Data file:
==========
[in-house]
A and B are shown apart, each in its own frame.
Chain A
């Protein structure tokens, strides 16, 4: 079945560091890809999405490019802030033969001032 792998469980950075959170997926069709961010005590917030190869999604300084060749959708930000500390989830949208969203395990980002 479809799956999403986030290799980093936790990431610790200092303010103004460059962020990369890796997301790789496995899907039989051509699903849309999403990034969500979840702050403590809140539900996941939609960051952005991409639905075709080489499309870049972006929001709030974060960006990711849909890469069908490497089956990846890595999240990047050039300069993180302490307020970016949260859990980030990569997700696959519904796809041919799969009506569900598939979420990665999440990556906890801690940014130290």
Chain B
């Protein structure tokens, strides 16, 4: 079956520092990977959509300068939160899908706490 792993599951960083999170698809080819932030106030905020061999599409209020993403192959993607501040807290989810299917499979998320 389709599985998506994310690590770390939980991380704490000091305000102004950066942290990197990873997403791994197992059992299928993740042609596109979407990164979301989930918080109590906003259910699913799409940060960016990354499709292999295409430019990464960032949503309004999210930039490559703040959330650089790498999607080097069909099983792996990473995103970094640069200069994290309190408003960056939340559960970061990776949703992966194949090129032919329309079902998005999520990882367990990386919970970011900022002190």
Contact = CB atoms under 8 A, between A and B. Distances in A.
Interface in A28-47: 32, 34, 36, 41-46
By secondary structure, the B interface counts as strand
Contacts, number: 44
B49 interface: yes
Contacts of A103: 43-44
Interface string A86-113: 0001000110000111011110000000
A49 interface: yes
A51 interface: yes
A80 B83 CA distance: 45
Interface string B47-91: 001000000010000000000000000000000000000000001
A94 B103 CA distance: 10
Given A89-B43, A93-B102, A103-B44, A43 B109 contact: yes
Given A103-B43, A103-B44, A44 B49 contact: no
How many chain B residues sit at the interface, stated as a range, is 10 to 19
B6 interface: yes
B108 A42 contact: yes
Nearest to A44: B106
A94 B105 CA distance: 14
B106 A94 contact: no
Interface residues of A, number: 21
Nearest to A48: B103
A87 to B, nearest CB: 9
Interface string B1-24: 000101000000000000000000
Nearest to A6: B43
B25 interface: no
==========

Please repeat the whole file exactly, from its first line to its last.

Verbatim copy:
[in-house]
A and B are shown apart, each in its own frame.
Chain A
């Protein structure tokens, strides 16, 4: 079945560091890809999405490019802030033969001032 792998469980950075959170997926069709961010005590917030190869999604300084060749959708930000500390989830949208969203395990980002 479809799956999403986030290799980093936790990431610790200092303010103004460059962020990369890796997301790789496995899907039989051509699903849309999403990034969500979840702050403590809140539900996941939609960051952005991409639905075709080489499309870049972006929001709030974060960006990711849909890469069908490497089956990846890595999240990047050039300069993180302490307020970016949260859990980030990569997700696959519904796809041919799969009506569900598939979420990665999440990556906890801690940014130290």
Chain B
């Protein structure tokens, strides 16, 4: 079956520092990977959509300068939160899908706490 792993599951960083999170698809080819932030106030905020061999599409209020993403192959993607501040807290989810299917499979998320 389709599985998506994310690590770390939980991380704490000091305000102004950066942290990197990873997403791994197992059992299928993740042609596109979407990164979301989930918080109590906003259910699913799409940060960016990354499709292999295409430019990464960032949503309004999210930039490559703040959330650089790498999607080097069909099983792996990473995103970094640069200069994290309190408003960056939340559960970061990776949703992966194949090129032919329309079902998005999520990882367990990386919970970011900022002190």
Contact = CB atoms under 8 A, between A and B. Distances in A.
Interface in A28-47: 32, 34, 36, 41-46
By secondary structure, the B interface counts as strand
Contacts, number: 44
B49 interface: yes
Contacts of A103: 43-44
Interface string A86-113: 0001000110000111011110000000
A49 interface: yes
A51 interface: yes
A80 B83 CA distance: 45
Interface string B47-91: 001000000010000000000000000000000000000000001
A94 B103 CA distance: 10
Given A89-B43, A93-B102, A103-B44, A43 B109 contact: yes
Given A103-B43, A103-B44, A44 B49 contact: no
How many chain B residues sit at the interface, stated as a range, is 10 to 19
B6 interface: yes
B108 A42 contact: yes
Nearest to A44: B106
A94 B105 CA distance: 14
B106 A94 contact: no
Interface residues of A, number: 21
Nearest to A48: B103
A87 to B, nearest CB: 9
Interface string B1-24: 000101000000000000000000
Nearest to A6: B43
B25 interface: no